NONE OF US IS AS GOOD AS ALL OF US How McDonald's Prospers by Embracing Inclusion and Diversity
|Oak Brook, IL., Oct. 14 / -- DiversityBusiness.com/- McDonalds(NYSE:MCD)
With its iconic Golden Arches, unforgettable jingles, and famous french fries, McDonald’s is one of the most recognizable brand names in the world. It is also one of the world’s largest employers: more than 1.6 million employees in 118 countries. An important part of the company’s success is its internal philosophy of inclusion, diversity, team unity and a family-oriented culture. McDonald’s employees – and its thousands of franchisees and suppliers – are a microcosm of the customers they serve globally, with racially, culturally, and religiously diverse backgrounds.
In a new book, NONE OF US IS AS GOOD AS ALL OF US: How McDonald’s Prospers by Embracing Inclusion and Diversity (ISBN: 9780470499320; Wiley; September 2009; $24.95; Hardcover) Patricia Sowell Harris, McDonald’s Global Chief Diversity Officer, offers the first inside look at how this major corporation manages to translate its commitment to diversity into long term business success. Through extensive interviews with company leaders, employees past and present, franchisees and suppliers, Harris reveals how McDonald’s embraces all races, creeds and cultures to create unity and business achievement. Harris’ own humble story is merely one of the dramatic tales that have evolved within the company’s history.
A farmer’s daughter from South Carolina and one of eleven siblings, Patricia Sowell Harris began working as a secretary at McDonald’s global office near Chicago, while juggling college courses and parenting. Now, over thirty years later, she has risen to become a key leader within McDonald’s. As Global Chief Diversity Officer, Harris has been instrumental in building and developing the company’s culture of diversity.
According to Harris, “the first key lesson addressed [in the book] is the misperception that diversity is a goal that stands apart from a company’s profitability. In fact, both concepts go hand in hand.” Some examples described in the book include:
- The African American Experience – “Training and Education”
- Incorporating African Americans in the early years taught McDonald’s that training and education would provide the foundation for diversity within the workforce.
- Lesson - if training and development is not incorporated into the business model – an open door policy will not exist and, in turn, hurt opportunity for growth.
The Women’s Experience – “Networking”
- Creating networks such as the “Women’s Leadership Network” gives female employees an opportunity to learn from colleagues and draw on the support of their peers. Incorporating networks has given fellow colleagues more opportunity to face challenges, receive support and brainstorm solutions to problems within the workplace.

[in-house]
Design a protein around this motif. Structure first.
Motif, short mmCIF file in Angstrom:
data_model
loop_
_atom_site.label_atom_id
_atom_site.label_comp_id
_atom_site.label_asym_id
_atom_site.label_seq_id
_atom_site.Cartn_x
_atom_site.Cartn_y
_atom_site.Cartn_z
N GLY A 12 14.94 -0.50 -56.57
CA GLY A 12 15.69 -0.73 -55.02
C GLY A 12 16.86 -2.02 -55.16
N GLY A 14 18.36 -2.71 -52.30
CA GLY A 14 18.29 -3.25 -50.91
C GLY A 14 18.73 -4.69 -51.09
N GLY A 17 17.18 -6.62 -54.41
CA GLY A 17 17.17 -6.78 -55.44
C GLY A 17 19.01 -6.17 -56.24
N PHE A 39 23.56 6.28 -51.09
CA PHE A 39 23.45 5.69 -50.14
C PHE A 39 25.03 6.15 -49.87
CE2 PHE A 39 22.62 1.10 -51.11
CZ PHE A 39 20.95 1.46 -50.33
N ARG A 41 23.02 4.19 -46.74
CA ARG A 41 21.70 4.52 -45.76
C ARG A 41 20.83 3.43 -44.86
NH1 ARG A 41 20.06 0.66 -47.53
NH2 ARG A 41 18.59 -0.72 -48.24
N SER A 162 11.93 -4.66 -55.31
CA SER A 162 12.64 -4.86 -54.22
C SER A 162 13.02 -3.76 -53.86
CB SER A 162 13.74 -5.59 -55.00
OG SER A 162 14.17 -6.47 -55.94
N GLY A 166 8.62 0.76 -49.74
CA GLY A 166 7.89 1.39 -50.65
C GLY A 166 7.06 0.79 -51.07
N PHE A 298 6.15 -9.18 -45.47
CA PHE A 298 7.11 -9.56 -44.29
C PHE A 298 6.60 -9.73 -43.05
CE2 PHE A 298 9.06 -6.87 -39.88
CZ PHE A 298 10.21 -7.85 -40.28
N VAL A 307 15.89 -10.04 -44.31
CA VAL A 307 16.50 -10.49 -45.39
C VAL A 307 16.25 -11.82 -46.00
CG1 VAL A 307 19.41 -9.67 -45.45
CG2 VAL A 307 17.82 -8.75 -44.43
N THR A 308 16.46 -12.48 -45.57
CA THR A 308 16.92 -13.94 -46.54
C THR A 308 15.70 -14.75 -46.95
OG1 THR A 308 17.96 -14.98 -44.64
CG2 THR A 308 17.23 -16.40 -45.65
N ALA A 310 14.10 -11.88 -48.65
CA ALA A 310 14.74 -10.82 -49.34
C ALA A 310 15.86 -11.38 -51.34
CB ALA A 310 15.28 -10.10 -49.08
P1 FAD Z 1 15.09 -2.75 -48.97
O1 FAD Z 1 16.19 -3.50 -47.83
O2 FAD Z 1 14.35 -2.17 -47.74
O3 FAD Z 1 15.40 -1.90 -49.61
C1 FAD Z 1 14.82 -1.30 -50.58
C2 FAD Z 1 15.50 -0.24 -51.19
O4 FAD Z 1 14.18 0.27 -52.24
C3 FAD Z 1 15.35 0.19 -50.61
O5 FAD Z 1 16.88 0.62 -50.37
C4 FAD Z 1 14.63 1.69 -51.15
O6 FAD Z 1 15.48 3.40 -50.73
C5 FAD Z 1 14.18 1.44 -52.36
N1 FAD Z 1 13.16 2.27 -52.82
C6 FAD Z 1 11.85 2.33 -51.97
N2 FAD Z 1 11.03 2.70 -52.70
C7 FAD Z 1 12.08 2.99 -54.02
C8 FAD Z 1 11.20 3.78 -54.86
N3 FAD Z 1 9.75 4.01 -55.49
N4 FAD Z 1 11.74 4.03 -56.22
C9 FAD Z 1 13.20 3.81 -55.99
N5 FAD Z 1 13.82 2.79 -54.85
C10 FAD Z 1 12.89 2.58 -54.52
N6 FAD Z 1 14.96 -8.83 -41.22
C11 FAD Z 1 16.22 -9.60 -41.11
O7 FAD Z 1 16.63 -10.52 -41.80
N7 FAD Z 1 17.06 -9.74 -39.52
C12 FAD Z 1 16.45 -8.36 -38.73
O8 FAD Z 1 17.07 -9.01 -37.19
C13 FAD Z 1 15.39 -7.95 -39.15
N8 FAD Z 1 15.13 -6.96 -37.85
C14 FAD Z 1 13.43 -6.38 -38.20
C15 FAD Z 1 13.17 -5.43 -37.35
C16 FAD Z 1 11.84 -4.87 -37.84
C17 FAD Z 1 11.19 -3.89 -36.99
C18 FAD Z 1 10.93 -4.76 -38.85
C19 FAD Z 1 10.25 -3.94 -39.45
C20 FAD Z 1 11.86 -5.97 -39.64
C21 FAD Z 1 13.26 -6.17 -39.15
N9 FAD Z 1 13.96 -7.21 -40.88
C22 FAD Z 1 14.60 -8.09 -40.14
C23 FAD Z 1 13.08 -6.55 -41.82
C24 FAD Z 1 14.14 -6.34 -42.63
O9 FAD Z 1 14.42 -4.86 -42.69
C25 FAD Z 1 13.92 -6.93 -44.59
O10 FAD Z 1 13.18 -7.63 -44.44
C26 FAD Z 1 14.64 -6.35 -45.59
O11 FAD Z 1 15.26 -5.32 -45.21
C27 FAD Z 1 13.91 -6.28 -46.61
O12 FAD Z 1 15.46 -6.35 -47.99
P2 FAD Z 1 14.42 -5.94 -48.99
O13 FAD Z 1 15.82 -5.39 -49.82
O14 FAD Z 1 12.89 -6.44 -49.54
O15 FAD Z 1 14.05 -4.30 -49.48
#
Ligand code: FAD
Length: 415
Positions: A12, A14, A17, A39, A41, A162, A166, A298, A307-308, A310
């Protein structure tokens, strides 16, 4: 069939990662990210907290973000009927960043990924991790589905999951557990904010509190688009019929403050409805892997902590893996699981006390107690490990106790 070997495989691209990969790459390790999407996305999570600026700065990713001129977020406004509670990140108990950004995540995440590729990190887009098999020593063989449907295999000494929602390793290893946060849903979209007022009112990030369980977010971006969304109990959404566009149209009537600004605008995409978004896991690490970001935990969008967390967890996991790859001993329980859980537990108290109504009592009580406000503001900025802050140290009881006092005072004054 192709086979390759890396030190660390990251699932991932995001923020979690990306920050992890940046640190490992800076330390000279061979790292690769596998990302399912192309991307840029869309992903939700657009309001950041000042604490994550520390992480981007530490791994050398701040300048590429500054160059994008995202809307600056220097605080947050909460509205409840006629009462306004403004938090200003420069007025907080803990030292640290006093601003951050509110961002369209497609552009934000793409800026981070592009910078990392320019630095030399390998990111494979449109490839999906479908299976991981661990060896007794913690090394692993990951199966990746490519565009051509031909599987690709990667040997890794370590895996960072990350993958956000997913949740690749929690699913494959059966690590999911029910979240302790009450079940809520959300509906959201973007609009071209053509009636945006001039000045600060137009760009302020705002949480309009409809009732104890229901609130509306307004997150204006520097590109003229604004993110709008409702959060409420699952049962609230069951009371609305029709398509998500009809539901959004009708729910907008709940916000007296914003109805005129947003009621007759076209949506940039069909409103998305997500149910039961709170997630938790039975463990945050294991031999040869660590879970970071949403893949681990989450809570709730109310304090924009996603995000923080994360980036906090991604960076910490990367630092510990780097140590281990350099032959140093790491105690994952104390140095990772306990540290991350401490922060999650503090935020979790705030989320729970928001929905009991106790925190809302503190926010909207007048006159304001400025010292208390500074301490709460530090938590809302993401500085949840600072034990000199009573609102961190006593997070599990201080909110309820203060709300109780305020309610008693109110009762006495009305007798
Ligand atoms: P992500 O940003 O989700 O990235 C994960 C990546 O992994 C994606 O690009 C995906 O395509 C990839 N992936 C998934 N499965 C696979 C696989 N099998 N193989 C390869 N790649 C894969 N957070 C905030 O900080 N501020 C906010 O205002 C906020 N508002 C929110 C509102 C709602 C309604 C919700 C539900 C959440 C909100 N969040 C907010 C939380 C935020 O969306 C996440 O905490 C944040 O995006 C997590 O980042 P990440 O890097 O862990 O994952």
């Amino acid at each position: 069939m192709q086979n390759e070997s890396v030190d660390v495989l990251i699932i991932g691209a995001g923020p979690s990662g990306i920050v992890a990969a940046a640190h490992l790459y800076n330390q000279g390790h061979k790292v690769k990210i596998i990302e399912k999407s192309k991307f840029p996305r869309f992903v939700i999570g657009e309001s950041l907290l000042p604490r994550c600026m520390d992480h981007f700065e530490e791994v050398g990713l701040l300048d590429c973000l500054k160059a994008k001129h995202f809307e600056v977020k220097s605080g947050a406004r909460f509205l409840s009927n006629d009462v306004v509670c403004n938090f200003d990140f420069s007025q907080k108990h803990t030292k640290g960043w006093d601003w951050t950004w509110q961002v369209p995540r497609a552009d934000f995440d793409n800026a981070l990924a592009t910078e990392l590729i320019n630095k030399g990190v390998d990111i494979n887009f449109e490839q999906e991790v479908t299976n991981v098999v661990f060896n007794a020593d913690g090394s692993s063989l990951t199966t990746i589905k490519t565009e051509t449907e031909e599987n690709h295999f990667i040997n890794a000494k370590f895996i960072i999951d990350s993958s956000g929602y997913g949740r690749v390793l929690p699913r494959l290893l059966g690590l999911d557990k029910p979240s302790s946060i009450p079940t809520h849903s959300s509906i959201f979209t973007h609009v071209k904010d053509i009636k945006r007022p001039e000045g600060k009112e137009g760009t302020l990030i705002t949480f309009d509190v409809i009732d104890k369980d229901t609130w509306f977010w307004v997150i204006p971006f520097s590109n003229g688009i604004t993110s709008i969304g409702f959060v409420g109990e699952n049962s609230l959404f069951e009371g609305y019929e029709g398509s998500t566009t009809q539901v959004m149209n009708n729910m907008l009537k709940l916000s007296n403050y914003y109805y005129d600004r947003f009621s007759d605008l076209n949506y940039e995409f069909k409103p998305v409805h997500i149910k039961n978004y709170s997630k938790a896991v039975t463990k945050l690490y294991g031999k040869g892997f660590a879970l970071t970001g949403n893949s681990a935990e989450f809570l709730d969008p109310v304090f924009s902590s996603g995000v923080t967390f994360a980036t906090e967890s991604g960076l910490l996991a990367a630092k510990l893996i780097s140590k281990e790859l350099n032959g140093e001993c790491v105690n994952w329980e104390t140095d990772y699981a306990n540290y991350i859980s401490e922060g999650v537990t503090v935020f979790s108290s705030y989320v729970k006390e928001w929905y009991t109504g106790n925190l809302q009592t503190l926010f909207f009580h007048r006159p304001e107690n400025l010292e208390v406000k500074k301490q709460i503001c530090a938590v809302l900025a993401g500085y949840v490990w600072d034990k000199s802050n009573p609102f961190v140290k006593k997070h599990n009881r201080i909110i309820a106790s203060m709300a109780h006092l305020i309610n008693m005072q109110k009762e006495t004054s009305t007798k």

- Lesson - Over time, McDonald’s has noticed the benefit of this two-way line of communication between senior management and individuals within diversity groups. It’s a win-win situation that helps everyone to succeed within the company.
Hispanic Americans and More – “Communication”
- Not all groups are the same…cultural differences do exist. Therefore, communication can be affected if being sensitive to issues, attitudes, and behaviors is not understood and managed accordingly at all levels.
- Lesson – By applying a cookie-cutter approach to all groups of people, there is the danger of tuning individuals out and not acknowledging their unique needs. McDonald’s makes a point to tailor techniques to the individuals they are working with.
Each chapter dives into a McDonald’s diversity story, and concludes by focusing on key lessons that serve as business guidelines. McDonald’s founder, Ray Kroc, continuously restated to his employees, “None of Us Is As Good As All of Us” as a way to instill that diversity is not something you do, but it is who you are. For business owners and managers, this is a perfect template for encouraging diversity within an organization and creating a long-term competitive advantage.
Since its founding in 1955, McDonald’s has made a point to evolve its business model to always incorporate employees of various ages, races, religions and backgrounds. None of Us Is as Good as All of Us offers inspiration and guidance as an example for small and large businesses to help begin their journey to embrace diversity, create unity and fulfill business achievement.
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